NHL

Verbal exchange could ignite Flames' Iginla

Jarome Iginla and the fired-up Flames will attempt to make Chicago eat its words and even their best-of-seven NHL Western Conference quarter-final at two games apiece Wednesday at Calgary (8 p.m. MT).

Teammate Conroy expects captain at his best against Blackhawks

The verbal insults and trash talking were in high gear at ice level during the final minutes of Calgary's NHL playoff win over Chicago on Monday, with Flames forward Jarome Iginla the target of much of the abuse.

Calgary's captain took offence to the action by Blackhawks tough guy Adam Burish, who broke his stick on Flames winger Rene Bourque's shoulder, resulting in a melee in front of the Chicago bench.

Iginla and company got the last laugh, though, skating to a 4-2 victory to cut the Blackhawks' lead in the best-of-seven Western Conference quarter-final to 2-1, with Game 4 Wednesday at the Saddledome in Calgary (8 p.m. MT).

"I like Jarome on the edge," said Flames centre Craig Conroy, an occasional linemate of Iginla's during his six seasons in Calgary. "Jarome's not afraid to say anything back and it gets him all fired up."

Until the Game 3 fracas, Iginla had been rather quiet — at least on the scoresheet — with a goal and an assist in the series, but little do the Blackhawks know that a fired-up Iginla is an effective and productive Iginla, added Conroy.

"There wasn't any one thing as far as verbal that got to me [late in Game 3]. I can take that," Iginla, the Flames' top scorer in the regular season with 89 points in 82 games, told reporters Tuesday. "Verbal abuse is nothing. Trash talking is fine."

If you listen to Burish, expect it to continue Wednesday night, despite an edict issued from the National Hockey League to  both teams to keep their mouths closed or risk a penalty for unsportsmanlike conduct.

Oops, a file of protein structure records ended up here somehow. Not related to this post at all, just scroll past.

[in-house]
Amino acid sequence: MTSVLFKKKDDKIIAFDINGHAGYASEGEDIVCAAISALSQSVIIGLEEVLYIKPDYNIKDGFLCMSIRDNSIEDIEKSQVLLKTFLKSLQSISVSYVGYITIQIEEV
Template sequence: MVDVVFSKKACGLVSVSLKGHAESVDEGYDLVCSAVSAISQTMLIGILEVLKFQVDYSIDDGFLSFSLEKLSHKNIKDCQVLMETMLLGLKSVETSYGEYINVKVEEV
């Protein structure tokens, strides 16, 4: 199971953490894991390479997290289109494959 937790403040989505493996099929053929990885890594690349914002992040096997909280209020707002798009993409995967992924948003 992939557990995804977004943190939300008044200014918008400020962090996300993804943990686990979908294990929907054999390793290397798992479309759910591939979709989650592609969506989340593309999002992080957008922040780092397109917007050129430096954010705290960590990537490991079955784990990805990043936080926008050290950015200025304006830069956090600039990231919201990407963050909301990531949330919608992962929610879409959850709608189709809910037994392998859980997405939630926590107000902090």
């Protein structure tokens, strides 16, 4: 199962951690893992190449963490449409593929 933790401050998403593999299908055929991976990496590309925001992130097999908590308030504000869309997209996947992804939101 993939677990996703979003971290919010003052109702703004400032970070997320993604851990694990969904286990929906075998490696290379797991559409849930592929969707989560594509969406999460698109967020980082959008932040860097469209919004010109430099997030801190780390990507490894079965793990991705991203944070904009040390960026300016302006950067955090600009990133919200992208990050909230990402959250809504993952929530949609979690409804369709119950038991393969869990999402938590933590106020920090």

'It's going to be a war'

"All the fans here [in Calgary] are going to be in for a treat," said Burish, who racked up 93 penalty minutes in the regular season. "It's going to be a war. It's going to be mean. It's going to be nasty, and that's what I love."

Bourque, who missed 24 games this season with an ankle injury, didn't participate in Tuesday's optional skate and is listed as day to day, according to Calgary head coach Mike Keenan.

Iginla said he and his teammates can take it as well as dish it out a little, but the bottom line is getting the results on the scoreboard.

Those came in Game 3 as the Flames were able to hold a lead for the first time in the series, outhit hit their opponents 45-31 in what was already a physical series and received three goals from their checking lines.

Right-winger David Moss scored twice after notching a career-best 20 goals in the regular campaign, while Eric Nystrom fired his first NHL playoff to tie the game 1-1 in the first period.

From there, Calgary rode a 36-save night from goalie Miikka Kiprusoff to victory, all the while drawing inspiration from a raucous crowd of 19,289 known as the "C of Red."

Still, there are concerns in the Flames' game, such as centre Olli Jokinen's 16-game slide without a goal and a 1-for-10 showing on the power play. They also have to find a way of slowing the Chicago's top line of Jonathan Toews between Patrick Kane and Patrick Sharp.

Kane ready for Game 4

They will be reunited Wednesday as Kane is expected to return following a reported bout with the flu earlier in the week. He also took a couple of bone-jarring hits in Game 2, courtesy of Bourque.

"He is a big part of our team," said Sharp of Kane, whose 70 regular-season points for the Blackhawks trailed only forward Martin Havlat's 77. "He finds a way to get on the scoresheet all the time and he really balances out our scoring line, so he was a big loss for us tonight."

Kane, Toews and Sharp have combined for 10 points in the series, but they'll probably have Calgary blue-liner Cory Sarich in their face much of the night. He battled through a lingering foot injury to log 20 minutes 22 seconds of ice time and finished with a plus-2 rating and three blocked shots.

For the Blackhawks, defenceman Duncan Keith and Havlat took a rest day Tuesday and didn't practice.

Historically, the Blackhawks have had a 2-0 lead in 18 series, winning 16 of them, and haven't lost such a series since the 1971 Stanley Cup final, which the Montreal Canadiens rallied to win in seven games.

The series shifts to Chicago for Game 5 on Saturday at 7 p.m. MT.

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